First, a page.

"Ultimately, the impact of Brexit for the continent will be defined by the global agenda in the coming months.

"As political risk has increased in the traditionally safe havens of Europe and with the election in the U.S. later this year, there is less scope for international cooperation to address issues of particular relevance to African countries such as peace and security issues, development, impacts of climate change," said Jean Devlin, Director for Africa Analysis, at Control Risks.

"We see the longer-term impacts as a continuation of the relative decline of European powers’influence on the continent that has been a feature of the past decade with increasingly diverse sources of investment from outside Africa," he said.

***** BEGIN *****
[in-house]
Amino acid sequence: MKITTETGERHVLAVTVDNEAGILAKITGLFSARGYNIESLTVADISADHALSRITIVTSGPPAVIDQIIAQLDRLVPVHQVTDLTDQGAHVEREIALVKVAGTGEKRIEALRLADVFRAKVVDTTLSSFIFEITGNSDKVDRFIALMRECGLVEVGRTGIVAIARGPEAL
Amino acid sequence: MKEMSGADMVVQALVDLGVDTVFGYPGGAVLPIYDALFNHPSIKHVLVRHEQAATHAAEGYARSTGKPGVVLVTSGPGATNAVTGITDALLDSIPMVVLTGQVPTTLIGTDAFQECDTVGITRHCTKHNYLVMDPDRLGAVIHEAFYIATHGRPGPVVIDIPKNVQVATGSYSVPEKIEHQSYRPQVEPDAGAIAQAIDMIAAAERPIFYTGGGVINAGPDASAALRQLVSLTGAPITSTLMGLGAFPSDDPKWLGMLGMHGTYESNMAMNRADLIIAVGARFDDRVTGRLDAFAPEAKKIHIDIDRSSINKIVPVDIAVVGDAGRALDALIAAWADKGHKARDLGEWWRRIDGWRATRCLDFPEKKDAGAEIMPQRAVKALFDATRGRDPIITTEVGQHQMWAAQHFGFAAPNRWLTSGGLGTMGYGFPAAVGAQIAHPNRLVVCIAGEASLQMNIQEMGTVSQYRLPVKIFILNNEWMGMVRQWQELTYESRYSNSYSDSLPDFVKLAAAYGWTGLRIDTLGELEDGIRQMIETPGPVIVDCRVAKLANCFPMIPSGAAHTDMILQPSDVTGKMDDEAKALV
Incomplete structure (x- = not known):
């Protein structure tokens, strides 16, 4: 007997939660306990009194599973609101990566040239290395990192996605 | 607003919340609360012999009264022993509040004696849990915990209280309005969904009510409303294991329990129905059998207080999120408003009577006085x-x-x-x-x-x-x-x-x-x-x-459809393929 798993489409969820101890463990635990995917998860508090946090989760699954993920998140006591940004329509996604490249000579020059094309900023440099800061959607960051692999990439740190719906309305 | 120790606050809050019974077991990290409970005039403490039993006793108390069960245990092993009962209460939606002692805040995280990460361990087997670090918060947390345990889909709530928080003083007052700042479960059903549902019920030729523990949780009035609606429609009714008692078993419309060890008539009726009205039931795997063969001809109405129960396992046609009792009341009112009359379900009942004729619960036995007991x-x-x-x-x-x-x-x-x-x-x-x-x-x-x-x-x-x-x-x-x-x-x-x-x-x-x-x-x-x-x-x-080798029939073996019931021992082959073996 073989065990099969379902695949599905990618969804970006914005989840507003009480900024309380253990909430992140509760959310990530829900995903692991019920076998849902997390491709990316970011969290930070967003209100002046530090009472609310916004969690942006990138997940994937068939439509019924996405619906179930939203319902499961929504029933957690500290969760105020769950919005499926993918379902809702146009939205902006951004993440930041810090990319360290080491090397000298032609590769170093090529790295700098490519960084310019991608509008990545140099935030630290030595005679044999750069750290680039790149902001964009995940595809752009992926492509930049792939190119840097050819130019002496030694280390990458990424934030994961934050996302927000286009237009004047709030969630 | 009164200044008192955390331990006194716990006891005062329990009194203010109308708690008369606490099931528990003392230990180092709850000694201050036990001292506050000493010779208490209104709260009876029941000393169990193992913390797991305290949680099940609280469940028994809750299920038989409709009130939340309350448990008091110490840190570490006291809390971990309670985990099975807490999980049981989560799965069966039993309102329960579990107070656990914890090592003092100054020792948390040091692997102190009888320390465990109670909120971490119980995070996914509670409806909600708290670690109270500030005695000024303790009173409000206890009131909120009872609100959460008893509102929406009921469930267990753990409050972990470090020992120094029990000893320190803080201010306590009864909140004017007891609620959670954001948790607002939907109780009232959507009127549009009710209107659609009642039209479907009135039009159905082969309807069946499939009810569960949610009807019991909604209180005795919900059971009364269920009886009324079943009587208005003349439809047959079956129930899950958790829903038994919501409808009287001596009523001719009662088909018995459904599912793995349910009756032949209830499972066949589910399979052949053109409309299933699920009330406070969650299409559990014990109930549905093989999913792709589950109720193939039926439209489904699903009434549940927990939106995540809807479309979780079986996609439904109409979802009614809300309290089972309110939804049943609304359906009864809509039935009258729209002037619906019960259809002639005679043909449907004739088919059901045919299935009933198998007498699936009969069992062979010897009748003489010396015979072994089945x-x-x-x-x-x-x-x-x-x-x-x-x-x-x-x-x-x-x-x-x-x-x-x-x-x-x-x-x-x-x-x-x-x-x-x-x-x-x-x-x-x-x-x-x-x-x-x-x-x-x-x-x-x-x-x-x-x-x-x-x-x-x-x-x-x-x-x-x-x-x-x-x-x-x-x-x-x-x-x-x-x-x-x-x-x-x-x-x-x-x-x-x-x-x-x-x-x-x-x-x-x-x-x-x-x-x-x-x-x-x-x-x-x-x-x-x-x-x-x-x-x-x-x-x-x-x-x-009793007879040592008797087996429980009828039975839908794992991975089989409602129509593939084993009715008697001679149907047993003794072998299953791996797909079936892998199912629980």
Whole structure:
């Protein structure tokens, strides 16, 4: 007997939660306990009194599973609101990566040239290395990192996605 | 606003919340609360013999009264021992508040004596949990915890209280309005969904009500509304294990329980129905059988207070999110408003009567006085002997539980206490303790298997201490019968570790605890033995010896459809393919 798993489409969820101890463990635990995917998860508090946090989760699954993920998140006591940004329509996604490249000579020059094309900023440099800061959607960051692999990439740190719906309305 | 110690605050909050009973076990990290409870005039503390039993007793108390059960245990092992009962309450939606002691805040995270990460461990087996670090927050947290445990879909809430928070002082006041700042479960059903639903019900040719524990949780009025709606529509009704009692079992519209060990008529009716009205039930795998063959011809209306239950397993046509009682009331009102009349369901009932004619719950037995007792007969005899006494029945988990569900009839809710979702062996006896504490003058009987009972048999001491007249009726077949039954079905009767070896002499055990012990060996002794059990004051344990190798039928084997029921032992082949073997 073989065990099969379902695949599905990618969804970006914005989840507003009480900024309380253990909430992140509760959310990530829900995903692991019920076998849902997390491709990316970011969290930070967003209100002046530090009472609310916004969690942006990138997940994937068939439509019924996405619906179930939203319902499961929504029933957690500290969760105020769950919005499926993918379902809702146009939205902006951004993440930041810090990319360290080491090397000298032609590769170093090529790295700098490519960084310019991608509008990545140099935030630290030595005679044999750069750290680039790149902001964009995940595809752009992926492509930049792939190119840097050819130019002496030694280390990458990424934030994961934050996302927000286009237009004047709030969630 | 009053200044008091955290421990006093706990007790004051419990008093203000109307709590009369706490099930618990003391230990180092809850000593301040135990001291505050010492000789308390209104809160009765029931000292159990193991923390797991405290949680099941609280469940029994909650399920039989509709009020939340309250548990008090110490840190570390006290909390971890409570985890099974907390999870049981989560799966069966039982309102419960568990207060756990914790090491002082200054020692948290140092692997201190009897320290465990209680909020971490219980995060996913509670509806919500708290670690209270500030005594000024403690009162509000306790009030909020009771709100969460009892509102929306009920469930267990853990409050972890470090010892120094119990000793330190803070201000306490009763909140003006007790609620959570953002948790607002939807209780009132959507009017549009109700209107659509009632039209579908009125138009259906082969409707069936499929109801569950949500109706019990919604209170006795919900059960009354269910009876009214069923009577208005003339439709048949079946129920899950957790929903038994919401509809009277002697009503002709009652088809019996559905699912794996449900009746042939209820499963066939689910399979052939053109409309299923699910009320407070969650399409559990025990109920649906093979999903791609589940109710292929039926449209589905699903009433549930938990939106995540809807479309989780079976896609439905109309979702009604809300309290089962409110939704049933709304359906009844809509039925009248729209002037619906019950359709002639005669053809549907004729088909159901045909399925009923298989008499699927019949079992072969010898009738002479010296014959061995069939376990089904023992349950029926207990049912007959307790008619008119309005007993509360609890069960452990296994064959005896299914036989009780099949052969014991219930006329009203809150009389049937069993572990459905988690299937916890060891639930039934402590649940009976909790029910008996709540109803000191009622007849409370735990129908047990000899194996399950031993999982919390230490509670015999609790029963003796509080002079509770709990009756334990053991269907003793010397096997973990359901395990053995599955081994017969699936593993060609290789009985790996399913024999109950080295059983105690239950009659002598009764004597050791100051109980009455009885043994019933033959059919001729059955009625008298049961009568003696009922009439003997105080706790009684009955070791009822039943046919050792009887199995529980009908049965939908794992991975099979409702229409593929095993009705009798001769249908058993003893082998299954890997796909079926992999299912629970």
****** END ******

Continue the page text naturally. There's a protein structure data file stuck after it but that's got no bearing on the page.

Britain will still retain cultural and trade links through the commonwealth, but outside the EU bloc will likely be more reliant on its own diplomatic channels, Devlin said.

This will especially be the case in countries where it has fewer historical ties such as Cote d’Ivoire, Senegal, Angola and many smaller francophone or Lusophone countries.

Many observers in Africa see the UK’s "Leave" vote as a sign that Britain will become a more inwardly-focused country with less focus and interest in upholding commitments to human rights and inclusive global development.

Whether this is perception or reality, the influence of the UK’s Department for International Development (DFID) on the development agenda is likely to change, the report said.

DFID has played an influential role over the past 15-20 years in setting a progressive agenda for EU development aid.